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The kindergarten face of SB6

Meet the Shappley family of Pearland.

Kimberly Shappley’s former self is about as by-the-book right-wing as you can get: a Southern Baptist-identified evangelical, a Republican stalwart, an “ultraconservative” Tea Partier. When she heard of other parents with transgender kids, she remembers derisively thinking, “If my kid wants to be a dinosaur, am I just supposed to let them?”

Then Kai was born and everything changed.

By the time Kai was 2 years old, Kimberly said, she was already noticeably, dramatically feminine for a child being raised as a boy. Members of Shappley’s conservative Christian family speculated on whether the child would turn out to be gay. By age 3, Kai only wanted to play with girls, and had begun telling her parents and teachers that she was a girl.

Kimberly turned to a DIY form of conversion therapy. She dressed Kai in camouflage and held her down to cut her blond hair into a flattop. Since most of the family’s seven children are boys—Kimberly has one adult daughter—there were no “girl toys” at home, but Kimberly asked the Christian daycare Kai attended to hide any baby dolls from her as well. When Kai turned her T-shirts into skirts or insisted she was a girl, Kimberly spanked her. When Kai asked for a Minnie Mouse birthday cake, Kimberly bought her one with Mickey.

“No matter how much punishment this kid got, you couldn’t beat it out of her,” Kimberly said. “You couldn’t pray it out, I couldn’t cast it out.” Indeed, Kai was having none of it. Sometimes she would wait until Kimberly was on the toilet to taunt her from just out of striking range: “You know I’m a girl.” Other times, she began praying within her mother’s earshot that God would “let Joseph” (Kai’s former name) “go home and be with Jesus.”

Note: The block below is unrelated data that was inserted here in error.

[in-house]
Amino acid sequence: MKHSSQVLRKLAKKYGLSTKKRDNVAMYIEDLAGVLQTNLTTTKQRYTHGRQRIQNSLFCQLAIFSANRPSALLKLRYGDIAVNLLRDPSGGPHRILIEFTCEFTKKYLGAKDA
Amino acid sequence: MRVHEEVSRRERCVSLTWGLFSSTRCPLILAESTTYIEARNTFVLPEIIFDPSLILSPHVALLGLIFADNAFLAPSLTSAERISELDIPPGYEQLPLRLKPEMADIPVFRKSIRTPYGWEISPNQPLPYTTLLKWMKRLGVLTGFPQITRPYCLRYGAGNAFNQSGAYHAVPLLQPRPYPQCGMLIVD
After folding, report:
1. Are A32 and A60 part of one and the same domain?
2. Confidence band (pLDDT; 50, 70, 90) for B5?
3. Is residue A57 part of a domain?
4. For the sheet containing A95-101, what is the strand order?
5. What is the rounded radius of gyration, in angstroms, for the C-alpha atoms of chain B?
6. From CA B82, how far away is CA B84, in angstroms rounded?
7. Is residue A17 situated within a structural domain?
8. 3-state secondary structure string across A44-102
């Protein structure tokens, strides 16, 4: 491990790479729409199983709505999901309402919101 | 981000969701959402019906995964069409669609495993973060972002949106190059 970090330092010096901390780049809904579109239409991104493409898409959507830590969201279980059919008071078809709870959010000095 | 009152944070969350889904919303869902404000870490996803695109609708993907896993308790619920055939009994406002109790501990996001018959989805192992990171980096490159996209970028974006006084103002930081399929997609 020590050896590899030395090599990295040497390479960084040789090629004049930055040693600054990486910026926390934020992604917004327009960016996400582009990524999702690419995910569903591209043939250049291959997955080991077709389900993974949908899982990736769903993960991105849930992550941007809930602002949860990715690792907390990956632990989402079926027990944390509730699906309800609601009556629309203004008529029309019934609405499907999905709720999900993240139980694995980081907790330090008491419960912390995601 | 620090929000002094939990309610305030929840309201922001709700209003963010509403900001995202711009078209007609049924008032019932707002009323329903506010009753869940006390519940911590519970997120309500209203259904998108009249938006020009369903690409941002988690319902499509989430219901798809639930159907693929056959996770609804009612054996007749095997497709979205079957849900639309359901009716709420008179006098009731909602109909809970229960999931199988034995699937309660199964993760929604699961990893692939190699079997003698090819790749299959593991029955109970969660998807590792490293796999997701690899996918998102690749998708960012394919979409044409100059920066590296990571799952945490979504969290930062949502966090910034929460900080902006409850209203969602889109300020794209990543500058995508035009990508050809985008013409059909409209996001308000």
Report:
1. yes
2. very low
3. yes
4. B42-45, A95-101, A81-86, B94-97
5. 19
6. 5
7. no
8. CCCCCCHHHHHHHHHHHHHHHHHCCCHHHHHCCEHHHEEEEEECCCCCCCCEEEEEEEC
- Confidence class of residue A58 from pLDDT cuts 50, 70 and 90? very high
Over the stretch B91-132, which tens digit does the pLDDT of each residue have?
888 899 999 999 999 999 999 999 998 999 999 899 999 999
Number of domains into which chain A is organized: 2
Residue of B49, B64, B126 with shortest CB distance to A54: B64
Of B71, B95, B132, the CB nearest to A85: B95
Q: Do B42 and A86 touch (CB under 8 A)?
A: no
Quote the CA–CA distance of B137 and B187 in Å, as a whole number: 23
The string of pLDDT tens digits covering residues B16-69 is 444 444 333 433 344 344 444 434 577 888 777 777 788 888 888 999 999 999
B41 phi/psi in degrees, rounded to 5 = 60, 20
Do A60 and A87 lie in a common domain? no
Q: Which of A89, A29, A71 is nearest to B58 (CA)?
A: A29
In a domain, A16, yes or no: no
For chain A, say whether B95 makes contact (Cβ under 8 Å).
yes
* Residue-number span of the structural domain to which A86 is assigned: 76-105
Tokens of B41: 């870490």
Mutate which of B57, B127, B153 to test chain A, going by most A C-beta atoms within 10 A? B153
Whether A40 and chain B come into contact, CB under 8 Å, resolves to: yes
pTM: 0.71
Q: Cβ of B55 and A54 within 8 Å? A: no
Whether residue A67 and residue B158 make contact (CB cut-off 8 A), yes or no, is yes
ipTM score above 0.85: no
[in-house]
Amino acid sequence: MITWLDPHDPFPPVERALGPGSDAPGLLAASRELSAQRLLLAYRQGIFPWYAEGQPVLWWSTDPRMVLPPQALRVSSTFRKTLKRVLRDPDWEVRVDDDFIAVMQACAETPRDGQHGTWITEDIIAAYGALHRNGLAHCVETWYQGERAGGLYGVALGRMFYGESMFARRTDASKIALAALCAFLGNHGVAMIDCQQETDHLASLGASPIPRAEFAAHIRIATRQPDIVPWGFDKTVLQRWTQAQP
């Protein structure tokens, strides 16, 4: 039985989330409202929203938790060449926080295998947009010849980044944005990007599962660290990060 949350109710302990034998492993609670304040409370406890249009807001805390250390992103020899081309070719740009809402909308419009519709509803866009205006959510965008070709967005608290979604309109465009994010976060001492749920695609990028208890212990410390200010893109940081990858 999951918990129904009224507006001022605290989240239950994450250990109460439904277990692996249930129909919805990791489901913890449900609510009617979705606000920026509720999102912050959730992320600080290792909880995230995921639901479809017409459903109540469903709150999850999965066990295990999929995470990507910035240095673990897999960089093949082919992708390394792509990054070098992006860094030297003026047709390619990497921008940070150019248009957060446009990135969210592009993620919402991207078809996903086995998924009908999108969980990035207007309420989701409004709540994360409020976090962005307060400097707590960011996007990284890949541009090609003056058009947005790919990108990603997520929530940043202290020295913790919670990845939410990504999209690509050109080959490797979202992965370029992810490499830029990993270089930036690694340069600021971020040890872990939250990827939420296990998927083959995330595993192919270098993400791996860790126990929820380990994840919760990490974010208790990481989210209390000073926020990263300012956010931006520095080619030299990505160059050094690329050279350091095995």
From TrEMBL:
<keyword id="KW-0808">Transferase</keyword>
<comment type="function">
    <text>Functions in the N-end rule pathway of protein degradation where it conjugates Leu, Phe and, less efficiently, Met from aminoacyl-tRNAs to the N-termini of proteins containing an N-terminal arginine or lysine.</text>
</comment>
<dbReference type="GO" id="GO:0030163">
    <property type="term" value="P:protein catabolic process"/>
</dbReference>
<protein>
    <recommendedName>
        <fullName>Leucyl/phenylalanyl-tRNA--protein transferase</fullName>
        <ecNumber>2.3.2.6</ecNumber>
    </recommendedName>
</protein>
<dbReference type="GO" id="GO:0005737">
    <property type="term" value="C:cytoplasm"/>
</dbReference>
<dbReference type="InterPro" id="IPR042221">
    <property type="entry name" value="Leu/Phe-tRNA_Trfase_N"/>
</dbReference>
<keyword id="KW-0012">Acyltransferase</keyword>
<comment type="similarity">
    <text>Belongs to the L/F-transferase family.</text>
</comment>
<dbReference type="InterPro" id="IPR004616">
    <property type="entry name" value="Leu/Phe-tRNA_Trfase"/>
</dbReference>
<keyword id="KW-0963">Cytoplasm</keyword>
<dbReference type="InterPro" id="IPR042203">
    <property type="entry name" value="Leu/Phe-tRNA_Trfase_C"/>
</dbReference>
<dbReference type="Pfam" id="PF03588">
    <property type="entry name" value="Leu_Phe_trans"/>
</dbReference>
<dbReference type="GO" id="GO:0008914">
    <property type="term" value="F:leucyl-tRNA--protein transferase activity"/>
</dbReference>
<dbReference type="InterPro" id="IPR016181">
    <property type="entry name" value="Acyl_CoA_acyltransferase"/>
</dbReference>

Kai’s prayer was Kimberly’s breaking point. That, and learning about the sky-high suicide rate for trans kids; according to one study, 41% of trans youth had attempted suicide—a rate almost ten times higher than their cisgender counterparts.

“There are so many trans kids who don’t have her persevering, persistent spirit,” Kimberly said. “And if Kai didn’t have that spirit, I would have succeeded in breaking her, into conforming into what I was trying to make her be. And we would have all been ok with that until she killed herself, at 14, or 13, or 11, or 20, or 50.”


Trans advocates often say “everyone loses someone” when they transition; Kimberly’s family lost almost everyone. While one of Kai’s uncles helped his niece pick out new outfits, most of her extended family distanced themselves. One aunt threatened to call CPS on Kimberly. Other relatives shared a Facebook post from a Houston-area preacher, proposing a training day where the church would teach children how to spot and report trans kids at their schools. A cousin sent Kimberly a Facebook message warning if he ever saw Kai in a bathroom with his 22-year-old daughter, Kai would “need a stretcher.”